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Polygamists and their children marched to the Capitol on Friday to show that they are families, and to ask lawmakers not to advance a bill that would keep polygamy a felony in Utah.
Among those in attendance were stars from the television reality show "Sister Wives," whose lawsuit spurred the Utah Legislature to change the definition of bigamy in Utah. It was the first time since 2012 that the stars have made a public appearance in Utah, where they said they feared prosecution.
The show is about a husband, Kody Brown, his plural wives Meri, Janelle, Christine and Robyn and their children.
Kody Brown on Friday said keeping polygamy a crime makes polygamous families afraid to call ambulances or social services that can help them.
"Stop prosecuting consenting adults," he said.
"I want my right to live my life as a consenting adult," said Meri Brown.
A film crew followed the Browns on Friday as they arrived at City Creek Park before leading about 100 people polygamists, their children and supporters up State Street to the Capitol.
There, the crowd grew to about 200, though some people opposed to polygamy were sprinkled among the polygamists; a film crew for "Escaping Polygamy," a reality show about people fleeing abuse in polygamous sects, was on hand. Supporters of polygamy chanted, "Families, not felons" until speakers addressed them.
Christine Brown was one of the people who went to a podium on the Capitol's south steps and spoke into a microphone.
She was raised in a loving family, she said, but one that taught the children to be afraid of the outside world for fear that police would enter the home and take away the men and children. She said children being abused in polygamous homes are still afraid.
"We need to change these laws to eliminate that fear," Christine Brown said.
Those who opposed polygamy and want legislators to pass a new bill addressing it talked about children and abuses Friday, too.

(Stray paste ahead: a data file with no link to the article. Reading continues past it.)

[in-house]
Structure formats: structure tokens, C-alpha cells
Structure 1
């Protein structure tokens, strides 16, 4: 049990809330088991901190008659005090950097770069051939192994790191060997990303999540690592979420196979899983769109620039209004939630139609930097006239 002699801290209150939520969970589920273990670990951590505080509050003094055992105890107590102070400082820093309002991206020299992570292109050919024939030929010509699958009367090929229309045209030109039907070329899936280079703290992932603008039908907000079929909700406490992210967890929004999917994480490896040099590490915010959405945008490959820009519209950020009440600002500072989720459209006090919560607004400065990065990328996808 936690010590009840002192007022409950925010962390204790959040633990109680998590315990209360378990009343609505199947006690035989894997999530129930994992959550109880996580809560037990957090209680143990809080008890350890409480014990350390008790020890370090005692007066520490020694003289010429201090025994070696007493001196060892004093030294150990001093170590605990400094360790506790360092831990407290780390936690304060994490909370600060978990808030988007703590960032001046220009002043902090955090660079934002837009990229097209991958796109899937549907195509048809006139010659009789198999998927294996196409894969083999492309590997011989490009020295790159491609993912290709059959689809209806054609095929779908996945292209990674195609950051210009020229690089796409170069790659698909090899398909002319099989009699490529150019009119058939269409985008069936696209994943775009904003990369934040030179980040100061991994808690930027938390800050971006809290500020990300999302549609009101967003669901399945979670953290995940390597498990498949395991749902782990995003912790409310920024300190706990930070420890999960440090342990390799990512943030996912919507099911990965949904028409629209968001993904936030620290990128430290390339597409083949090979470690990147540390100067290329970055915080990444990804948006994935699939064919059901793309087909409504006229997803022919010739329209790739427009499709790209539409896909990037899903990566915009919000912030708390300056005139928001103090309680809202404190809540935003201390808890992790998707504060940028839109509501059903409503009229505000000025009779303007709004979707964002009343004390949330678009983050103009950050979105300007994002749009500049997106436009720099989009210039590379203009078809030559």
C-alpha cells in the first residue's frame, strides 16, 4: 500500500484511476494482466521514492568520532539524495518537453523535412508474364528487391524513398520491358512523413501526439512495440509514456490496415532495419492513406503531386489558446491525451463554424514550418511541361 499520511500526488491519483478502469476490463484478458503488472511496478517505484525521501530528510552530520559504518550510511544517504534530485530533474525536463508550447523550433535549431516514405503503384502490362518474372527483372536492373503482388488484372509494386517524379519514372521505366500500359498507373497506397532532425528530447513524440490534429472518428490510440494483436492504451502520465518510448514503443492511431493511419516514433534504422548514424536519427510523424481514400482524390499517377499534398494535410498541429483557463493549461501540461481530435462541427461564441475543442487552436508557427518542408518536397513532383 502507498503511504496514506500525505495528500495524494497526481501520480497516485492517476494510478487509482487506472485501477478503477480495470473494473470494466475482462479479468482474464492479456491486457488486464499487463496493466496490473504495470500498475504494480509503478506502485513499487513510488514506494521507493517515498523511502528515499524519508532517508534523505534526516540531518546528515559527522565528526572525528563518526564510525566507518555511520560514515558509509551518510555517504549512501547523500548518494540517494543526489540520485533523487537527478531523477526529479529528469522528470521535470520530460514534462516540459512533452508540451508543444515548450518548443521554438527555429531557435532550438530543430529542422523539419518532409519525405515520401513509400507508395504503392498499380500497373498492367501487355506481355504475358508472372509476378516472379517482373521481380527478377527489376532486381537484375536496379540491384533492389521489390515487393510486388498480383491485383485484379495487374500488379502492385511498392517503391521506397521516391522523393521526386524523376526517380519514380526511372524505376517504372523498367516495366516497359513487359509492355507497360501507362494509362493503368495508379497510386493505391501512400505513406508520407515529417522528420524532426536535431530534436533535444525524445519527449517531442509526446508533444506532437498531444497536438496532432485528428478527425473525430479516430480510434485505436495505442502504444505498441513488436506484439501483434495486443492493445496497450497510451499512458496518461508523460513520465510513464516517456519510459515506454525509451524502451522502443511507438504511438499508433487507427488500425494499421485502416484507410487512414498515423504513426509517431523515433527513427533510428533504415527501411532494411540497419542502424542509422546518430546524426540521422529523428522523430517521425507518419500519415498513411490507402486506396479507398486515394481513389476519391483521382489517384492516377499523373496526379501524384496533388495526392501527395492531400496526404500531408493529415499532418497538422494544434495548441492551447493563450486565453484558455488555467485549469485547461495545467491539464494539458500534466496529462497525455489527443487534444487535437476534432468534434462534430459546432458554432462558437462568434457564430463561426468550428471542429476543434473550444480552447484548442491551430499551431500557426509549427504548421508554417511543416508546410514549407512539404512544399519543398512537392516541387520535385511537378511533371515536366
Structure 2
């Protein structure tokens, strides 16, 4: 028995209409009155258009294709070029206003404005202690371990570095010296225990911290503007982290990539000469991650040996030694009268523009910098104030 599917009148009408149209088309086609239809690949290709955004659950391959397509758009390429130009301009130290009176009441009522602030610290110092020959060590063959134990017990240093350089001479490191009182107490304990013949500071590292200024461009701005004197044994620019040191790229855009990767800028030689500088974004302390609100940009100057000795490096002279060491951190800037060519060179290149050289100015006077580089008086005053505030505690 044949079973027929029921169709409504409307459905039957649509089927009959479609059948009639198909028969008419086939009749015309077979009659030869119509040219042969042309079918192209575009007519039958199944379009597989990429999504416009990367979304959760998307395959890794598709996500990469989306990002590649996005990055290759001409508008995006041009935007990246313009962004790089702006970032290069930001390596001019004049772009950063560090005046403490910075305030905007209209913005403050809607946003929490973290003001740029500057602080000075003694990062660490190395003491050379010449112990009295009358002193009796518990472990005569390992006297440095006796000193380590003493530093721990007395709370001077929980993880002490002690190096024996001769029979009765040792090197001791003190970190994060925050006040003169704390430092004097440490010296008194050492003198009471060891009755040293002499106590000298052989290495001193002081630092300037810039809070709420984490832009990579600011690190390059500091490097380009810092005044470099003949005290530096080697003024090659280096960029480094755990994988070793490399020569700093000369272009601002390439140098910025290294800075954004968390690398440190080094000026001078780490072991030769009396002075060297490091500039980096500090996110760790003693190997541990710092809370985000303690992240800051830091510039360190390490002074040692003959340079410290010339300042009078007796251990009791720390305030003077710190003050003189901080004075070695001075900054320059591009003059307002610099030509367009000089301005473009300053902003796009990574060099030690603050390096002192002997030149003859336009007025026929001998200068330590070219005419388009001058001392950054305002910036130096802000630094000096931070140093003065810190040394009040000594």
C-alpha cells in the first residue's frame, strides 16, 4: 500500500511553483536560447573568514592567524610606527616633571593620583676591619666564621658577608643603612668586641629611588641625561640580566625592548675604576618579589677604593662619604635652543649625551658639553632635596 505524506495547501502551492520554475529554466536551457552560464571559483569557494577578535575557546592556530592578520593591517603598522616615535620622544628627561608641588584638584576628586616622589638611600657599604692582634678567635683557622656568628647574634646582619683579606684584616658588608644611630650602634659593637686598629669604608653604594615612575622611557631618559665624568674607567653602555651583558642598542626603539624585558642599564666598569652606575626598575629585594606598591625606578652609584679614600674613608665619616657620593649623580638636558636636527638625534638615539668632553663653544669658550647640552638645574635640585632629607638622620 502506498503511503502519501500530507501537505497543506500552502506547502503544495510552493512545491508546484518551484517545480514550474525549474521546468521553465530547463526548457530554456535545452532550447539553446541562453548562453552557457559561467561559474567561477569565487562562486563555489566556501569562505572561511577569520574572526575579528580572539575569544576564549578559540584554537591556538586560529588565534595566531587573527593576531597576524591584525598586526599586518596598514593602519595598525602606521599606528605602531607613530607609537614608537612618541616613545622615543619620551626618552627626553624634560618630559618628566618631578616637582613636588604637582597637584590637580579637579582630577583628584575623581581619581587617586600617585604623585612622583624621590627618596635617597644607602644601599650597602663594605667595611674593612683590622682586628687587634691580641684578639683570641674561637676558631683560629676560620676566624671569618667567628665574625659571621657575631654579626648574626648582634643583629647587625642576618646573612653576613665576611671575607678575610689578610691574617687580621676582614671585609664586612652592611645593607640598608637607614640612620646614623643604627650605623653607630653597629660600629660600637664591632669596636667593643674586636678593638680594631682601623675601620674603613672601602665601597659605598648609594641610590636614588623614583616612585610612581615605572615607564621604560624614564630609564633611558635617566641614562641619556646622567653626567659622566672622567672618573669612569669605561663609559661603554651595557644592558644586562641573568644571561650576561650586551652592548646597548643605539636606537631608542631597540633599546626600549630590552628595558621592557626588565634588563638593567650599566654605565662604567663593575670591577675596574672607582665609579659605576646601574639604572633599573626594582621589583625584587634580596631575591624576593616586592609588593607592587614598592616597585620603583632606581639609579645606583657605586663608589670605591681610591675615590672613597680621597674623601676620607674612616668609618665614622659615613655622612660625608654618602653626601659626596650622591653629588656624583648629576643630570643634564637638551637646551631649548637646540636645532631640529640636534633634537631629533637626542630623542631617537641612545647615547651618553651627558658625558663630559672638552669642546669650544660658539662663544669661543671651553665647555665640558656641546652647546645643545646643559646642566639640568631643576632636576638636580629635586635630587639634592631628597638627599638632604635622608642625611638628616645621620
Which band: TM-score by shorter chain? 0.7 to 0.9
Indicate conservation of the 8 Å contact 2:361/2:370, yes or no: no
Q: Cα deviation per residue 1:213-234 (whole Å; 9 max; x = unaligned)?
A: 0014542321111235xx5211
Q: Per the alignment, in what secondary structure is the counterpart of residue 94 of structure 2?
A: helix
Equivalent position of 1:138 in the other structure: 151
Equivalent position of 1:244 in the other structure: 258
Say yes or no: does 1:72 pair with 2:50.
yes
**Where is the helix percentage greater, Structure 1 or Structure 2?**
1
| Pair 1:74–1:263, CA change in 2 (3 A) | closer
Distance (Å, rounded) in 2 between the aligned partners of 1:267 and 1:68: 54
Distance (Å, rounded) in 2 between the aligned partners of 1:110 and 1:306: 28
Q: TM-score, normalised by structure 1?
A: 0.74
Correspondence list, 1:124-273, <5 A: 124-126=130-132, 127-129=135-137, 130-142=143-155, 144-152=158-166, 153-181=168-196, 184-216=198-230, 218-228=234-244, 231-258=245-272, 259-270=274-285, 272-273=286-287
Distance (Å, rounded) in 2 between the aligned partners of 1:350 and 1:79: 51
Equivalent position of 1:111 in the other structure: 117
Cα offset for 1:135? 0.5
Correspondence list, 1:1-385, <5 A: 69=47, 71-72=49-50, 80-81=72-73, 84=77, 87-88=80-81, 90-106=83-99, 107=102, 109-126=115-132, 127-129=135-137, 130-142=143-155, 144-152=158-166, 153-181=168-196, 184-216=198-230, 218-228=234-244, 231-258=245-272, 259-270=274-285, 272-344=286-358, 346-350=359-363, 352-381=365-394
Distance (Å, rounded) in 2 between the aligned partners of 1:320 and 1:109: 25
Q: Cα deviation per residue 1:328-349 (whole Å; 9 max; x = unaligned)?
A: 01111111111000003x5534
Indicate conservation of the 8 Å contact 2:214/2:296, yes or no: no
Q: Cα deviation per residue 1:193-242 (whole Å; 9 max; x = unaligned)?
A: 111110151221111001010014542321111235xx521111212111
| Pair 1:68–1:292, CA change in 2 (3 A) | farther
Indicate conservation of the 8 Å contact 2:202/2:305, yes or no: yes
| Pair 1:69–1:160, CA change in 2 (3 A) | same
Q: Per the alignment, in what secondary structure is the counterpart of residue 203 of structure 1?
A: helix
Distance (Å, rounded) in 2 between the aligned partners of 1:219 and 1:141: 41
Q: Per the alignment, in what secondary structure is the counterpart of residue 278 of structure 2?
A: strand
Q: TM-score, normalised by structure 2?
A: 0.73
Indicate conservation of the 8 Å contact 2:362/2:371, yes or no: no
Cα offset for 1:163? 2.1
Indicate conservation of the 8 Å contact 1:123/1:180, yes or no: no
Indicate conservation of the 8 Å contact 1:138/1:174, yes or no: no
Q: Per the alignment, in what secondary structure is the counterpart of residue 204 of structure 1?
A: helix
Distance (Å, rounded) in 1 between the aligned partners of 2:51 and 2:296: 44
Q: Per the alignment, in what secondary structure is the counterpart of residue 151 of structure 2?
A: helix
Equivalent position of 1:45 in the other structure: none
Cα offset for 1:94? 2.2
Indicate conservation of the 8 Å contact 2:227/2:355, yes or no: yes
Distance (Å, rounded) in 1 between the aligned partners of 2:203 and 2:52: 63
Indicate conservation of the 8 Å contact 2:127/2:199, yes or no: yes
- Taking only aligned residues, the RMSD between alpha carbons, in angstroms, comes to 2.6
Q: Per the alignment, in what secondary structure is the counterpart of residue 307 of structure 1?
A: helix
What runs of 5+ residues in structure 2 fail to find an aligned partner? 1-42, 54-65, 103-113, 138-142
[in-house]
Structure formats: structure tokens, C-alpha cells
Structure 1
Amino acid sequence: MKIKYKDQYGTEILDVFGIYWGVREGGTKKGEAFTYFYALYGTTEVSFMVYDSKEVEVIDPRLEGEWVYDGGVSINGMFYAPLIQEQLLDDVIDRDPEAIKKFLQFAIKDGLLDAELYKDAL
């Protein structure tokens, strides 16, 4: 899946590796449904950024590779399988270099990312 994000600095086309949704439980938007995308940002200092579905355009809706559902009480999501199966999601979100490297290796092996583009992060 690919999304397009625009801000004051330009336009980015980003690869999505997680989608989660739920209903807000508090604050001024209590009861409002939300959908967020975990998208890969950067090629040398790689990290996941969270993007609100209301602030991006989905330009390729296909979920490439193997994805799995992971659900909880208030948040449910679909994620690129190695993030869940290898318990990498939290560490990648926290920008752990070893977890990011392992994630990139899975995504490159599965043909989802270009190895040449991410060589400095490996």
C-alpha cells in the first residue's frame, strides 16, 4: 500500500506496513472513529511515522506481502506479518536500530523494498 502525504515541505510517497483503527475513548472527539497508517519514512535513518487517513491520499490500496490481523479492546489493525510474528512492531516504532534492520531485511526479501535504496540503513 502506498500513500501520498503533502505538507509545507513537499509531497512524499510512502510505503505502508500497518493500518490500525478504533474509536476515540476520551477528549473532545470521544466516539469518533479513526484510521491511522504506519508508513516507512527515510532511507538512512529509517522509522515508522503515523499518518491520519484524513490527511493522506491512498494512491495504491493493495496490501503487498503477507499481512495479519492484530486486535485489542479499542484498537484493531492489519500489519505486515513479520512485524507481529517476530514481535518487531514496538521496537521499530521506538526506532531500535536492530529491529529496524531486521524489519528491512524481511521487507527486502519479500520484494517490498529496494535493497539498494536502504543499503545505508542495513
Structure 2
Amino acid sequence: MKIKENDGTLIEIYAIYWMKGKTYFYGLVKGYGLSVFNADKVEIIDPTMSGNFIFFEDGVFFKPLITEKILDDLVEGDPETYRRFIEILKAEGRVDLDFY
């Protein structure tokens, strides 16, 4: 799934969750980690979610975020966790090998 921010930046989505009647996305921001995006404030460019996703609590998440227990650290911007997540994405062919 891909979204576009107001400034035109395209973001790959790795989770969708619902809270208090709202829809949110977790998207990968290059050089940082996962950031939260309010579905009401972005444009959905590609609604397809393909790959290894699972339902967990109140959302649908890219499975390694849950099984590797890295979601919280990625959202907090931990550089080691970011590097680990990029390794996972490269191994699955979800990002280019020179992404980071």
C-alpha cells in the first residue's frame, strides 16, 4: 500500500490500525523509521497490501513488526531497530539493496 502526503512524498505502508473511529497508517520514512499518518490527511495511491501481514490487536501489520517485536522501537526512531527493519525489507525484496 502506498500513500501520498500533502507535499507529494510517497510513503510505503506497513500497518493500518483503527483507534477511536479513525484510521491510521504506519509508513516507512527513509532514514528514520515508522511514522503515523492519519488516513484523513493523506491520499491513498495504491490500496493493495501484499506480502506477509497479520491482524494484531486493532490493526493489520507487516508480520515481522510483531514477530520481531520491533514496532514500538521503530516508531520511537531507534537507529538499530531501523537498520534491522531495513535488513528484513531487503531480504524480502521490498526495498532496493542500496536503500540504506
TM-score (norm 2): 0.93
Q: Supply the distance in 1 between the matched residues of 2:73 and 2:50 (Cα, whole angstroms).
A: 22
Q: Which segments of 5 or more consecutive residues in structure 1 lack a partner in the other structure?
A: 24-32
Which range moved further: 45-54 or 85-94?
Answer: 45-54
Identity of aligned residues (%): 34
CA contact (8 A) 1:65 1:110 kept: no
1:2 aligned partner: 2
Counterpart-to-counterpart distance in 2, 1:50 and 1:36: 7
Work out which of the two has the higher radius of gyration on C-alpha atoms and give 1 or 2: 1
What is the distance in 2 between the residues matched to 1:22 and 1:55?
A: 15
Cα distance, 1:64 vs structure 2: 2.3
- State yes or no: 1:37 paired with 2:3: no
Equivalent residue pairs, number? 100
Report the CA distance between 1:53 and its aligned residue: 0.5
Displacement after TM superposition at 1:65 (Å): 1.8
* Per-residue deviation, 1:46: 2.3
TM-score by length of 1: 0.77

Pam Jenson, who has worked with people who have left polygamous families, said polygamy should remain a felony because it is harmful to women and children an assertion the Utah attorney general's office made in opposing the Browns' lawsuit. She said HB99 will provide a "safe harbor" for people leaving such households.
"There's still religious coercion to stay" in polygamy, Jenson said.
HB99 passed a House of Representatives committee last week and is likely to be debated this week by the full body. The bill would amend the definition of bigamy to say someone is guilty if he or she "purports" to marry two or more people and cohabits with them. Current state law requires one or the other. Polygamy would remain a felony punishable by up to five years in prison, but those penalties can increase if polygamy is prosecuted in conjunction with violent crimes, human smuggling or fraud.
The bill also would permit amnesty for people leaving abusive polygamous relationships, though polygamists say it would create witnesses against others who remain in the plural marriage.
Prosecutors across the state have declined to pursue cases unless there's underage marriage, abuse or fraud in the households. Utah's polygamists would like polygamy to be decriminalized, but first they want to defeat HB99.
The first season of "Sister Wives" showed the family living in Lehi, but when police there began an investigation, the Browns moved to the Las Vegas area.
The family later sued and persuaded a federal judge to strike down a section of Utah's bigamy statute that deals with polygamy. A higher court overturned that ruling because the Browns were never prosecuted for bigamy, and the U.S. Supreme Court declined to hear the case. The federal judge's ruling that says Utah's bigamy statute is unconstitutional has spurred the Legislature to try to amend the law.
The Browns are members of the Bluffdale-based Apostolic United Brethren. There also were polygamists at the rally from the Davis County Cooperative Society, also known as the Kingston Group; Rockland Ranch in southeastern Utah; the Righteous Branch of the Church of Jesus Christ of Latter-day Saints in southwestern Utah; the polygamous church in Centennial Park, Ariz.; and some who claim no church affiliation.
Friday's rally was filled with people in Generation X and younger, but there were few people from the baby boomer generation or older.
Kody Brown said polygamous leaders who commit crimes, such as Warren Jeffs, who is serving a life sentence in Texas, get their power through the criminalization of polygamy.
The Browns are members of the Apostolic United Brethren, and Kody Brown wished leaders of that church had attended Friday's rally.
"I was ashamed my leaders weren't there," he said after the rally. "You'd think they'd be more advocates.
"You have to understand, though, their fathers were all jailed and taken away for being polygamists."
Memorial vigil • If you go:
P A vigil for the 2007 Trolley Square shootings will be 6 p.m. Sunday at Zion Evangelical Lutheran Church, 1070 Foothill Drive, in Salt Lake City. It will feature speakers who survived the attack or who lost family or friends there. There also will be a performance of "Six Minutes," a song about the shootings.